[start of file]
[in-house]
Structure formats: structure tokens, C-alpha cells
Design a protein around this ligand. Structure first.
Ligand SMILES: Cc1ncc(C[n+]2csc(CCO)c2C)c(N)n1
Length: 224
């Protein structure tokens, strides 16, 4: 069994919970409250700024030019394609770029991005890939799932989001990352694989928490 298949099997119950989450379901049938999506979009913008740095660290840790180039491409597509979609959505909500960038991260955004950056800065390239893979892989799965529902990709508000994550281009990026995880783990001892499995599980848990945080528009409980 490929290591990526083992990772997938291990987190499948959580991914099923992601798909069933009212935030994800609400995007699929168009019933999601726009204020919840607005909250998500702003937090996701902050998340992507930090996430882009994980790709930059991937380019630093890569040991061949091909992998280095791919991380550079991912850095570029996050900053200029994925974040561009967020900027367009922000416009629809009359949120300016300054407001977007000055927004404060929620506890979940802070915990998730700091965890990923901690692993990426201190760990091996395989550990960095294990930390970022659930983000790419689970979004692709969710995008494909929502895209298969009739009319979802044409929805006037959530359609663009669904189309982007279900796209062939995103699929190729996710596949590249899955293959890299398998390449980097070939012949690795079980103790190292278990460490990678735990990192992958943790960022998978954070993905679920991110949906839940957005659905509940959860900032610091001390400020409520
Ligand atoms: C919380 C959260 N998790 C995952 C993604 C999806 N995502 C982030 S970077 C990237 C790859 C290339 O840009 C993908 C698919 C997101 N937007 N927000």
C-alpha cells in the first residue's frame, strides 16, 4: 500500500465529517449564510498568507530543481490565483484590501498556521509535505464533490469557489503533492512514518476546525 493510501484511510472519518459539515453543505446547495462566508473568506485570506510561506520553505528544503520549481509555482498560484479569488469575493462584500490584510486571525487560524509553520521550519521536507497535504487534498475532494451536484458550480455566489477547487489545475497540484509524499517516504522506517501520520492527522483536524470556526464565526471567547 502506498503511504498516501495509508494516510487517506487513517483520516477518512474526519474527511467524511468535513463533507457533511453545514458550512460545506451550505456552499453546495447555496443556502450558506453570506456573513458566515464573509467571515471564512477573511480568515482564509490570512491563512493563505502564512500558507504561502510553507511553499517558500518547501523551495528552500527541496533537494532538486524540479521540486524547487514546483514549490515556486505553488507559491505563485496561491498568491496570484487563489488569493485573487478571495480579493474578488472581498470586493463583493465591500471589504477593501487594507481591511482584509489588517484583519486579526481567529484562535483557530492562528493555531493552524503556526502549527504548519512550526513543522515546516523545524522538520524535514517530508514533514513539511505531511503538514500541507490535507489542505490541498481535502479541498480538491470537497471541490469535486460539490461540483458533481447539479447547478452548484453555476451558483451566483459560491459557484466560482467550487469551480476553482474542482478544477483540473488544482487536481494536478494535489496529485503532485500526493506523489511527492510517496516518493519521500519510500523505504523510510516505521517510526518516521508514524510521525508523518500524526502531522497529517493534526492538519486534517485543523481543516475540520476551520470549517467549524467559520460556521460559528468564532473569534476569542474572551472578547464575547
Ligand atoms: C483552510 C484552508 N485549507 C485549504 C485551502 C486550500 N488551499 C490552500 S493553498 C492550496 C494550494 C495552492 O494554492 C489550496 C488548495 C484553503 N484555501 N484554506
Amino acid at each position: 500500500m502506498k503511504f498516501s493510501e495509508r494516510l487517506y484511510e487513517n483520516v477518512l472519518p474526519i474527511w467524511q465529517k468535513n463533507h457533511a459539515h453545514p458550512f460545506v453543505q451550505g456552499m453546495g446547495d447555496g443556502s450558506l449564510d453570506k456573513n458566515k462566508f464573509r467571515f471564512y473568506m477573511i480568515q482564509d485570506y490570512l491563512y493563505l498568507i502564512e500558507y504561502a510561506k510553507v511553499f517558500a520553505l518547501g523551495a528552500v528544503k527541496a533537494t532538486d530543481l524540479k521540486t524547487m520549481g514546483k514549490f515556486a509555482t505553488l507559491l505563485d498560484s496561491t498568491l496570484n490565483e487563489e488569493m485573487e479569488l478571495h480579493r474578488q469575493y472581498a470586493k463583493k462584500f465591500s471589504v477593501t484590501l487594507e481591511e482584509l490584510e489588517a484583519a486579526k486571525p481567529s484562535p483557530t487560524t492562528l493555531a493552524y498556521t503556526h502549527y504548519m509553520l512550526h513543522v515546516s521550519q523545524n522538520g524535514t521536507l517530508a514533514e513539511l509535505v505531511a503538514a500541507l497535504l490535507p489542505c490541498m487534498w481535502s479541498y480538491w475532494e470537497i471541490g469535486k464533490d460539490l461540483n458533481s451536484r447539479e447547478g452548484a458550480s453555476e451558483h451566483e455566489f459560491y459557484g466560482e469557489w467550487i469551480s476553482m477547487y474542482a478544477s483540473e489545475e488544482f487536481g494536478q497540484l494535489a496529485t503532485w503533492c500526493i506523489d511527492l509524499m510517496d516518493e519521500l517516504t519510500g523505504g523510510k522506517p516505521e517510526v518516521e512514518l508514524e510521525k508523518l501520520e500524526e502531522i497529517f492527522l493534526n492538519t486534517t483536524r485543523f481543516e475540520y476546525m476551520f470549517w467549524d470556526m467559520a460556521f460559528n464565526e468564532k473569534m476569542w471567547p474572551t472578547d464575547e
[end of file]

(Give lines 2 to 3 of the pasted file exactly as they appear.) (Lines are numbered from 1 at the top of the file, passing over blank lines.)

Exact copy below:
Structure formats: structure tokens, C-alpha cells
Design a protein around this ligand. Structure first.